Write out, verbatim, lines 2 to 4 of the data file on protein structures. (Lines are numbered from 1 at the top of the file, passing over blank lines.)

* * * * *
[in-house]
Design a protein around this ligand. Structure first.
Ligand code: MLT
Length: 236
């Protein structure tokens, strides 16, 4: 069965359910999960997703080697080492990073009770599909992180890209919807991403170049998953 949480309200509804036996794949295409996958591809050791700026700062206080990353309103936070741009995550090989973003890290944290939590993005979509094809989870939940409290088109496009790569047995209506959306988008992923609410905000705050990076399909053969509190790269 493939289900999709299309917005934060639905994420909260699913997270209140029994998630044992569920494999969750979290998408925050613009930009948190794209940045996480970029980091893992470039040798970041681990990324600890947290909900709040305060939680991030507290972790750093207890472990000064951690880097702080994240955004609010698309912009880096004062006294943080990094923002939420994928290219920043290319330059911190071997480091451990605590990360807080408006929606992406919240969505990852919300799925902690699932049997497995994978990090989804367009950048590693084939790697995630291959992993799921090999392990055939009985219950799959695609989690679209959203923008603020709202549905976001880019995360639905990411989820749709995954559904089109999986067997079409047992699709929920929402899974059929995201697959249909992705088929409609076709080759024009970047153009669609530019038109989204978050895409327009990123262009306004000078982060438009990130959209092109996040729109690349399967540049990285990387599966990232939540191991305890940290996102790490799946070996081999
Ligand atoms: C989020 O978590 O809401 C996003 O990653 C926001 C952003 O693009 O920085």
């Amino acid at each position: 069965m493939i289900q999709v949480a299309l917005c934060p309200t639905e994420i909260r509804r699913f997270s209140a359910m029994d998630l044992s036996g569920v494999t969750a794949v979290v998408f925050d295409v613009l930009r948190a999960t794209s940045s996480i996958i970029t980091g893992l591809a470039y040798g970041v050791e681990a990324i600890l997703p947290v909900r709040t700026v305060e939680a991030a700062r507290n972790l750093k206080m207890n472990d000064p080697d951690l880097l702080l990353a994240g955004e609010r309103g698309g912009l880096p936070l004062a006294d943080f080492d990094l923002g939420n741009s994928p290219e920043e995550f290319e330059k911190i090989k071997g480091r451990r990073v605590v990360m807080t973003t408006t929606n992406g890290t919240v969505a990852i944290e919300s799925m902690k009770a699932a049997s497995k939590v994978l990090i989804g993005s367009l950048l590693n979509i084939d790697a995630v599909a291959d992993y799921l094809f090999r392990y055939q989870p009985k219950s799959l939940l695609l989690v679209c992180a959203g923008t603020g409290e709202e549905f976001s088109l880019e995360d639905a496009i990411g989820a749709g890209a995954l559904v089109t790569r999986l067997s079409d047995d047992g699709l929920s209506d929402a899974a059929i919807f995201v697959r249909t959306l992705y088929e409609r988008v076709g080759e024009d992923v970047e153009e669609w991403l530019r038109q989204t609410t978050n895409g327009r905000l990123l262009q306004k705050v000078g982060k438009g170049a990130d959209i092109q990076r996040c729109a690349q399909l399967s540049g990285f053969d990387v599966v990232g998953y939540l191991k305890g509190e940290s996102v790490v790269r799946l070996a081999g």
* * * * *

Design a protein around this ligand. Structure first.
Ligand code: MLT
Length: 236